What is a Flowchart?
The process flowchart is a graphical representation that describes the sequential steps and steps of a given process. Furthermore, this tool can be used to address the processes of any organization.
Using geometric figures and other similar elements, to make a flowchart can simplify the flow of information, the flow of activities, and other elements that make up each type of process in an organization.
The main functions of the flowchart are:
- Improve understanding of processes and how they are interconnected.
- Show how activities and work routines are developed in the organization.
- Identify problems and bottlenecks that generate waste and rework.
Main symbols to make a flowchart
- Processis the most commonly used symbol to make a flowchart, denoting an action within the process. It indicates that a specific work step is performed here and often contains a title for this specific activity.
- Terminator– symbol shows where the process begins and ends. Especially, it is useful when a flowchart spans multiple pages. The Terminator’s form sometimes includes a trigger that starts the rest of the process.
- Decision– marks a point in a process where a decision must be made. Typically, this revolves around a yes or no decision, i.e. checking a condition or a situational branch of the process.
- Sub-Processis used for a sub-process of a procedure that is already documented. It informs that more than one work step is required here and that these are documented elsewhere, i,e in a different process flowchart or processor work instruction. This symbol should only be used if the sub-process it refers to has already been documented.
- Manual processing– useful especially where most actions are electronic or automated, such as in automotive manufacturing, to show which part of the line is operated by humans and which by robots.
- Connector– marks a jump from one process to another. It can be used to indicate that an inspection or audit has taken place or is required including part of another process.
- Documentor Multi-Document – shows that a step in your process creates one or more documents.
Commonly used types of flowchart?
The two most popular flowcharts are:
- Linear Flowchart
- Functional Flowchart
Linear Process Flowchart
The Linear Process Flowchart is a diagram that displays the sequence of work with the addition of decision points during the flow. Its scope can help processes to identify bottlenecks, rework, and redundancies in the processes. It is usually used to explain the operation of a certain task.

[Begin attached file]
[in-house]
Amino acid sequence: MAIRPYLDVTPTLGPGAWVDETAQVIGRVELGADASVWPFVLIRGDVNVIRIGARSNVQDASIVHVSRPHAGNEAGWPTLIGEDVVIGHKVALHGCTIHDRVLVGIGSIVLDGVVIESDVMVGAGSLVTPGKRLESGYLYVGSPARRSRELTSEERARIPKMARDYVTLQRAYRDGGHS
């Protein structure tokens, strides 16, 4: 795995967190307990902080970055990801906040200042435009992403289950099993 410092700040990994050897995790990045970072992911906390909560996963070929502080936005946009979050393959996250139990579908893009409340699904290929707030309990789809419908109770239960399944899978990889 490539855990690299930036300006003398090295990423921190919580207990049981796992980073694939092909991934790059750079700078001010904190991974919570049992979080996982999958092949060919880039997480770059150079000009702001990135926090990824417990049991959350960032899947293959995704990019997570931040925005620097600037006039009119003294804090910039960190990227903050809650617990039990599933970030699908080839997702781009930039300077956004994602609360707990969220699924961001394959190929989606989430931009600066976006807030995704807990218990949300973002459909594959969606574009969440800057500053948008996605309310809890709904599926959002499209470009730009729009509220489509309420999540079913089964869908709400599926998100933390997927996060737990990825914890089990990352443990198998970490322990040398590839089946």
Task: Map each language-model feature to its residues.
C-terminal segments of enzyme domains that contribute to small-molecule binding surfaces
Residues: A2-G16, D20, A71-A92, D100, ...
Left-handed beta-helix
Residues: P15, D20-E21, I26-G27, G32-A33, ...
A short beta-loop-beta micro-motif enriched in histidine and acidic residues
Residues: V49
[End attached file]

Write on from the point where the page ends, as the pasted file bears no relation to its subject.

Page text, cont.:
Functional Process Flowchart
The Functional Process Flowchart is a diagram that divides the processes between areas and departments. Its functionality is essential for a process that encompasses different activities but represents a single input and output flow. It’s great for integrating the different people who are responsible for the processes and how they interact.
How to make a process flowchart?
A process flowchart essentially establishes a beginning, middle, and end relationship. To make a flowchart, inputs are needed to “start” the process. The means is the process itself, that is, the activities to be carried out to achieve the established objectives. The end is represented by the outputs of the process, that is, the expected results of the activities performed.
However, although we have mentioned only 7 symbols, it is worth noting that there are many others that can also be used. However, to make a flowchart with many symbols can make reading and analyzing the diagram highly complex.
In addition, another fundamental step before you make a flowchart is to do a preliminary study of all the existing processes in the organization, because without understanding the interrelation between them, the flowchart may become confused and lack objectivity, becoming another document without any functionality.
As already mentioned, the flowchart details the operation of a process, so it is important to plan before defining which processes will be designed and especially the sequence between them.
How to analyze a flowchart?
Without an analysis of the designed process, the flowchart is just another document without any use. Every flowchart needs to be critically evaluated so that the goals, mentioned above, are fully achieved.